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How can I check I have it installed? I can’t find a packaged named vmm-xen on dom0 :thinking:

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My mistake, it is the name of the github repo that compile xen.
In dom0: dnf list | grep -E ^xen

2 Likes

Just updated to 4.2 myself and am now unable to boot any HVM with over ~3GB of memory (Linux and Windows), getting the “No bootable device”. I tried reapplying your stubdom patch but reverted back to the original since I couldn’t get it working with that.

It looks like I’m on 4.17.2-8 though stubdom is a different version number, does this match your system?

xen.x86_64                                   2001:4.17.2-8.fc37                @qubes-dom0-cached
xen-hvm-stubdom-legacy.x86_64                2001:4.13.0-1.fc32                @anaconda         
xen-hvm-stubdom-linux.x86_64                 4.2.8-1.fc37                      @qubes-dom0-cached
xen-hvm-stubdom-linux-full.x86_64            4.2.8-1.fc37                      @qubes-dom0-cached
xen-hypervisor.x86_64                        2001:4.17.2-8.fc37                @qubes-dom0-cached
xen-libs.x86_64                              2001:4.17.2-8.fc37                @qubes-dom0-cached
xen-licenses.x86_64                          2001:4.17.2-8.fc37                @qubes-dom0-cached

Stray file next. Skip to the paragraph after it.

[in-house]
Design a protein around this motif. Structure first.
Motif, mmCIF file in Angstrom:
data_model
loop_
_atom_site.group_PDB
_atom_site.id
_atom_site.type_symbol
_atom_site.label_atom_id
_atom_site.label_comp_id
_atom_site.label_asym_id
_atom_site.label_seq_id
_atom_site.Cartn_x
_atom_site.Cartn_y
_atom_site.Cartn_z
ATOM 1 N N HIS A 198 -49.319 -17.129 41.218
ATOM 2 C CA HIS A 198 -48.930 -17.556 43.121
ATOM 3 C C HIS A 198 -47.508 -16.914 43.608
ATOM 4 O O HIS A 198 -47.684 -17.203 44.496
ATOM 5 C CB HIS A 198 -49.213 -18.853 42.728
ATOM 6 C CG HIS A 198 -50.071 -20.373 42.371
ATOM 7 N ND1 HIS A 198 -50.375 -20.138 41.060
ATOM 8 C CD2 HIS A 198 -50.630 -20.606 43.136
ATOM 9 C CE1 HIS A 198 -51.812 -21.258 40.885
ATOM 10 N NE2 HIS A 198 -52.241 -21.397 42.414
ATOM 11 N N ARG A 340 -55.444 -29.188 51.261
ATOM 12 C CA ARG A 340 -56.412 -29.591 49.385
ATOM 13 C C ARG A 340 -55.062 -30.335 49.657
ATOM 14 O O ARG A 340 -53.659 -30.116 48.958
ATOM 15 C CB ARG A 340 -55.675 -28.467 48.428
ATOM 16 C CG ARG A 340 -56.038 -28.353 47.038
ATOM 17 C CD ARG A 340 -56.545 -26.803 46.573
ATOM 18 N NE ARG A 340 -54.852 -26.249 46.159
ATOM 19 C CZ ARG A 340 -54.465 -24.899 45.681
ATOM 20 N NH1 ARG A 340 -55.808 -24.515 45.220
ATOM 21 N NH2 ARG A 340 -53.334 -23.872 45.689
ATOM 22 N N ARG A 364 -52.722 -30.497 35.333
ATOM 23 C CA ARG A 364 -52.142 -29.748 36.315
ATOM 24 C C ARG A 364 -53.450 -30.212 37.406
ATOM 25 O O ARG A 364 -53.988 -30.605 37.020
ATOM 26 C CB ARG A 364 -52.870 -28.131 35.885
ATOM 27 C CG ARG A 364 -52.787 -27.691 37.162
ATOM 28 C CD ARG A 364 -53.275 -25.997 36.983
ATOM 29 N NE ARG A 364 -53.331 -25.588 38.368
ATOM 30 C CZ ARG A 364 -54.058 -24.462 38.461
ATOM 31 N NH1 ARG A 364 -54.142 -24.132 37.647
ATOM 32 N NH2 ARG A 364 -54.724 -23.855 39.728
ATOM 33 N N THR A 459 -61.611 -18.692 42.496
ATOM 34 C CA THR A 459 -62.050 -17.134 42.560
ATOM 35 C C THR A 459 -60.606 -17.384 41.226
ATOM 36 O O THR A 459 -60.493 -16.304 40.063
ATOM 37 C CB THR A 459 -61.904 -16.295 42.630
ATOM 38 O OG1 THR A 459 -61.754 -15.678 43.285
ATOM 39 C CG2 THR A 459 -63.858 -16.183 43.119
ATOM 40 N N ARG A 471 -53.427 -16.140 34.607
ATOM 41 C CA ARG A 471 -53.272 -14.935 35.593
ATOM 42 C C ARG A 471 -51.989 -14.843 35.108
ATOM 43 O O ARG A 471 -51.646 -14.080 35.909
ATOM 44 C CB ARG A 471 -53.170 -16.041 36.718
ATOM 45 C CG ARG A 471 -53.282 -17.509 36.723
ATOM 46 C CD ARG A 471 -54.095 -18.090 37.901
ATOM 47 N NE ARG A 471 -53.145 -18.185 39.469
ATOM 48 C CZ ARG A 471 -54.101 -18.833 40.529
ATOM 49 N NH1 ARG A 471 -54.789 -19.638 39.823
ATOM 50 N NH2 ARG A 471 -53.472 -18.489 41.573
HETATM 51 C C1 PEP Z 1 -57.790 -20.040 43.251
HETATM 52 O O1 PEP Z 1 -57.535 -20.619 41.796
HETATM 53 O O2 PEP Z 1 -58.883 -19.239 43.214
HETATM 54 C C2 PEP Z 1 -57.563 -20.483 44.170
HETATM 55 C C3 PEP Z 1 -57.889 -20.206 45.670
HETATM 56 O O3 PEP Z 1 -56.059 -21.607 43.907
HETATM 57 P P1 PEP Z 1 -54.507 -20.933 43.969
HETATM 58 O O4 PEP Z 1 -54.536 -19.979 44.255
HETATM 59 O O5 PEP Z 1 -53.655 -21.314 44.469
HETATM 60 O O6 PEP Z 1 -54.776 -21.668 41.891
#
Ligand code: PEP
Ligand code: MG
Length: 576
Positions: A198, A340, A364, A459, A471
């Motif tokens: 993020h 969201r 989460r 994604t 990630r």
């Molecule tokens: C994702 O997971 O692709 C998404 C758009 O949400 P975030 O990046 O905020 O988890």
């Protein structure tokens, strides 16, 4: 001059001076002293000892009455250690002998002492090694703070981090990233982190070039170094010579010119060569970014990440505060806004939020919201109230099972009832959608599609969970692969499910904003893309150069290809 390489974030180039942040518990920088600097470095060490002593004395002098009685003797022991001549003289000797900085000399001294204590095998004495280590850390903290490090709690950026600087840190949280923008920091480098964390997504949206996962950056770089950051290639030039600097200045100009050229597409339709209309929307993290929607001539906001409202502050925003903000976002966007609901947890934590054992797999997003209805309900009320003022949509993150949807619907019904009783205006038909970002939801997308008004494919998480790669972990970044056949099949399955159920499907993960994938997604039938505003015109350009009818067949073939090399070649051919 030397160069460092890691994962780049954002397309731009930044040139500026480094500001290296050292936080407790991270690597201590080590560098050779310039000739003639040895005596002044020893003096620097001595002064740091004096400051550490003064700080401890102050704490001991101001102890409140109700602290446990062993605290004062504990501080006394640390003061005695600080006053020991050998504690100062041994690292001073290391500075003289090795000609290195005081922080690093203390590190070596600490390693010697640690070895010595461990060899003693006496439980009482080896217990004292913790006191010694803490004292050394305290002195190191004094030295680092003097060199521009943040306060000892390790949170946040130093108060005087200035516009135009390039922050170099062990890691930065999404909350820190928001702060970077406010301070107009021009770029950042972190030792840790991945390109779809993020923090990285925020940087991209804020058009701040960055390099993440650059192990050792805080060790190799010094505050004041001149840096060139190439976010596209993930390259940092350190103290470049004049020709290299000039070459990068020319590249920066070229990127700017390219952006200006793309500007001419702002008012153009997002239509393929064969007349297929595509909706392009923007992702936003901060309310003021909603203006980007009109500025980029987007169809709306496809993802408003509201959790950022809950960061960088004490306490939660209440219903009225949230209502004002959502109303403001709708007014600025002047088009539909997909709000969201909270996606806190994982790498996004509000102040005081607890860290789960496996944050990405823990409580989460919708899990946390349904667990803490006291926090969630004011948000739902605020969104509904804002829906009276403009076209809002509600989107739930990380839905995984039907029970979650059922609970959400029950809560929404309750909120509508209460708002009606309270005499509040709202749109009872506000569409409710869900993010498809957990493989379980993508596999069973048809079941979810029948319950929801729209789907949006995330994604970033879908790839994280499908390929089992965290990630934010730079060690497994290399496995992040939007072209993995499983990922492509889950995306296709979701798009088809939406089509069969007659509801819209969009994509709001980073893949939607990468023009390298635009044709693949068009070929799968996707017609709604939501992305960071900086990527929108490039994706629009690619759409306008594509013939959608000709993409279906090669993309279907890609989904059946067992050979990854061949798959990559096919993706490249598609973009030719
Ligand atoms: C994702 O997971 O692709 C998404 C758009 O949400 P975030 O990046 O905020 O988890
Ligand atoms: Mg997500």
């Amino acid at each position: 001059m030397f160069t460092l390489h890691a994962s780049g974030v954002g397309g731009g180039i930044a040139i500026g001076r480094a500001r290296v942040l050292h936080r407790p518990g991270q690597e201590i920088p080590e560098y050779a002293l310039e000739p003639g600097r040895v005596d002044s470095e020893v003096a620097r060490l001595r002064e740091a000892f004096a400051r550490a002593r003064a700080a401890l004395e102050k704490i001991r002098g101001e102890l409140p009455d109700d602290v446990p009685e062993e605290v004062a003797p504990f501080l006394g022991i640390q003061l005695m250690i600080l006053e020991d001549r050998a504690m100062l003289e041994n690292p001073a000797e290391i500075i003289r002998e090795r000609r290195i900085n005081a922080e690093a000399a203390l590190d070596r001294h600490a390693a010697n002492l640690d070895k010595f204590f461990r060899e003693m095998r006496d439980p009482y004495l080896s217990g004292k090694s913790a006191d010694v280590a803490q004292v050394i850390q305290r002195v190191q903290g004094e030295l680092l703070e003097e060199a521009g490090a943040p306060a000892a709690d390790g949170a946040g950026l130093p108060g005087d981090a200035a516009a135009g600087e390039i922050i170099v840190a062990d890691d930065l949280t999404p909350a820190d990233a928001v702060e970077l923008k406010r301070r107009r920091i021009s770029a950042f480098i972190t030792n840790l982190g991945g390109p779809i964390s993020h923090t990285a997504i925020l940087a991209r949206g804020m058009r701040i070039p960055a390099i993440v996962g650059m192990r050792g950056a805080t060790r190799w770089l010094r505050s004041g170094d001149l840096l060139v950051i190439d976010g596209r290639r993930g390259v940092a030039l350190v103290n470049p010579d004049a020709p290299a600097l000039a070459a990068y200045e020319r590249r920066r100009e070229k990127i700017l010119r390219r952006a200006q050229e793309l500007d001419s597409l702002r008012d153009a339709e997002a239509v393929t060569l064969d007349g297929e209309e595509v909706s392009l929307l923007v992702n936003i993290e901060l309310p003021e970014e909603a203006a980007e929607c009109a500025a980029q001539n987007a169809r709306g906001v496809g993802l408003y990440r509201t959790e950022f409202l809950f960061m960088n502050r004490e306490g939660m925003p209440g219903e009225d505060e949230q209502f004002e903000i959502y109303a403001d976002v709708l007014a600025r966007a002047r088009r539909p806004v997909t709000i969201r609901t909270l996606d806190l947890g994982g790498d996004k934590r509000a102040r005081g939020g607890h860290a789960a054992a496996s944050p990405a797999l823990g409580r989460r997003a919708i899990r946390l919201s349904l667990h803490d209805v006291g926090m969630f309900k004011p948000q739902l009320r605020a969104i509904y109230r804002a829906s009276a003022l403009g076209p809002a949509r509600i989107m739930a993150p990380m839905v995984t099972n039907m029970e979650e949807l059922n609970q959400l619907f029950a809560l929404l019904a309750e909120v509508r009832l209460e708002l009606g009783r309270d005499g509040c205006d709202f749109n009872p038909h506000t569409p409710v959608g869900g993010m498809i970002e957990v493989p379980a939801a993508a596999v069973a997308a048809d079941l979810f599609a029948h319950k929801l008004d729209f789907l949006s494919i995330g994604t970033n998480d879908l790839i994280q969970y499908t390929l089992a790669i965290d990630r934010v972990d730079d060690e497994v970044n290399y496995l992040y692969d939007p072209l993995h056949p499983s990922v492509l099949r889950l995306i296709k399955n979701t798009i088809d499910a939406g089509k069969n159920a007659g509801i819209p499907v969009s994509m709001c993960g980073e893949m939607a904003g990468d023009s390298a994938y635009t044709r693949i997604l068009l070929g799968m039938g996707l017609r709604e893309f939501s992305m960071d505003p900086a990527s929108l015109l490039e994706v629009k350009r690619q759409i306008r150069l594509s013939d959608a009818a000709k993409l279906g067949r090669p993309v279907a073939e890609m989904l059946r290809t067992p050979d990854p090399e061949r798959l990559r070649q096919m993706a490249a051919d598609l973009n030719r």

xen-runtime.x86_64                           2001:4.17.2-8.fc37                @qubes-dom0-cached

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xen-hvm-stubdom-legacy

should not even exist, how did you switched to 4.2 ?

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EDIT: nevermind, I didn’t see it was about the legacy one


On an install started with 4.2-RC3, I also have these packages installed but I never tried GPU passthrough because this desktop can’t receive any external GPUs :sweat_smile:

Maybe it’s installed by default?

[solene@dom0 ~]$ dnf list --installed | grep xen
libvirt-daemon-xen.x86_64                         1000:8.9.0-6.fc37                 @anaconda         
python3-xen.x86_64                                2001:4.17.2-8.fc37                @qubes-dom0-cached
qubes-libvchan-xen.x86_64                         4.2.1-1.fc37                      @anaconda         
xen.x86_64                                        2001:4.17.2-8.fc37                @qubes-dom0-cached
xen-hvm-stubdom-linux.x86_64                      4.2.8-1.fc37                      @qubes-dom0-cached